I think it’s really useful to imagine (despite all the differences) an environment like Touch Designer, Praxis LIVE or VVVV.

Of course it would be nice to find an existing editor. But this again is Rust, I would need to fight with JNI, JNA, and then getting the whole thing on other platforms is going to be a pita. The nice thing of JVM and Swing is, it really runs on all the platforms I care for. You want to put it on a Raspberry Pi? sbt assembly and done.

I think you should consider all these lines of code a sunk cost, the brutal truth is that Swing and all other Java toolkits are basically legacy technology today. Thanks to Scala.JS you may be able to write a plugin for VSCode/Atom/… without throwing away all your code. In any case I’m fairly sure that rewriting UI code is going to be way easier than inventing your own IDE from scratch.

I sugest taking a closer look at Xi. The server part is indeed written in Rust but clients can be written in any language, and you don’t need native bindings because the communication is done via JSON messages.

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Also, to be more positive, I’d like to note that I think that mellite/scalacollider/… are really cool projects and I hope they’ll continue to exist in one form or another ! I think there’s plenty of things we could to orient the language and its ecosystem to make it more interactive, so please keep experimenting! On my side, I’ve been working on debugging support for the Dotty Language Server, this includes support for expression evaluation, which already makes it possible to do some rudimentary live music coding, and I’m keen to see how this could be taken farther. I’ve also been working with a student on the first sketch of a “REPL Server Protocol” to have one common backend used by both the traditional cli REPL but also Jupyter notebooks, IDE worksheets, etc, I think this might be another piece of the puzzle. Hit me up on the dotty gitter channel if you want to discuss this more.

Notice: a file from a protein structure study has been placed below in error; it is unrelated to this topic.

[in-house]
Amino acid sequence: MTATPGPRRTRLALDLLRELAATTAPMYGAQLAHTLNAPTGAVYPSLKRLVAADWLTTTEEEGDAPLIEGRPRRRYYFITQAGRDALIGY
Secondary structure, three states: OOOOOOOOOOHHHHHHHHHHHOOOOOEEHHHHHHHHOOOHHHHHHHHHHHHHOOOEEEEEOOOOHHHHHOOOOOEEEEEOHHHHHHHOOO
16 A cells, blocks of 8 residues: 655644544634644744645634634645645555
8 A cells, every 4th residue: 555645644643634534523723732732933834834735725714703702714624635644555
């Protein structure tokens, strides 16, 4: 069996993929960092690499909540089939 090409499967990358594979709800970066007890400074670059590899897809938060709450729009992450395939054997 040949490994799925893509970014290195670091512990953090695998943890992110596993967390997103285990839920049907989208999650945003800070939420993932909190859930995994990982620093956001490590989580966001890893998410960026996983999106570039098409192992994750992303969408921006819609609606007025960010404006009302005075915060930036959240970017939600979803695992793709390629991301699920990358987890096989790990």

Do you really need an IDE? Or just some kind of rich editor you can integrate with Metals?

If you integrate a rich editor with Metals, you’ve just made an IDE :).

Thanks Guillaume for your thoughts, and also of course for your and other’s work on Meta(ls). I do hope that this gets leveraged in my project at some point; as I have pointed out in the very beginning. So perhaps just some clarifications on the pragmatics:

  • so I use Mellite for creating sound works; I work as an artist and academic, so my having these systems operational is very important. Without an entire team working on Mellite, it’s simply not feasible at this stage to say, let’s just rewrite the entire UI (which is most of the code) based on a Web renderer.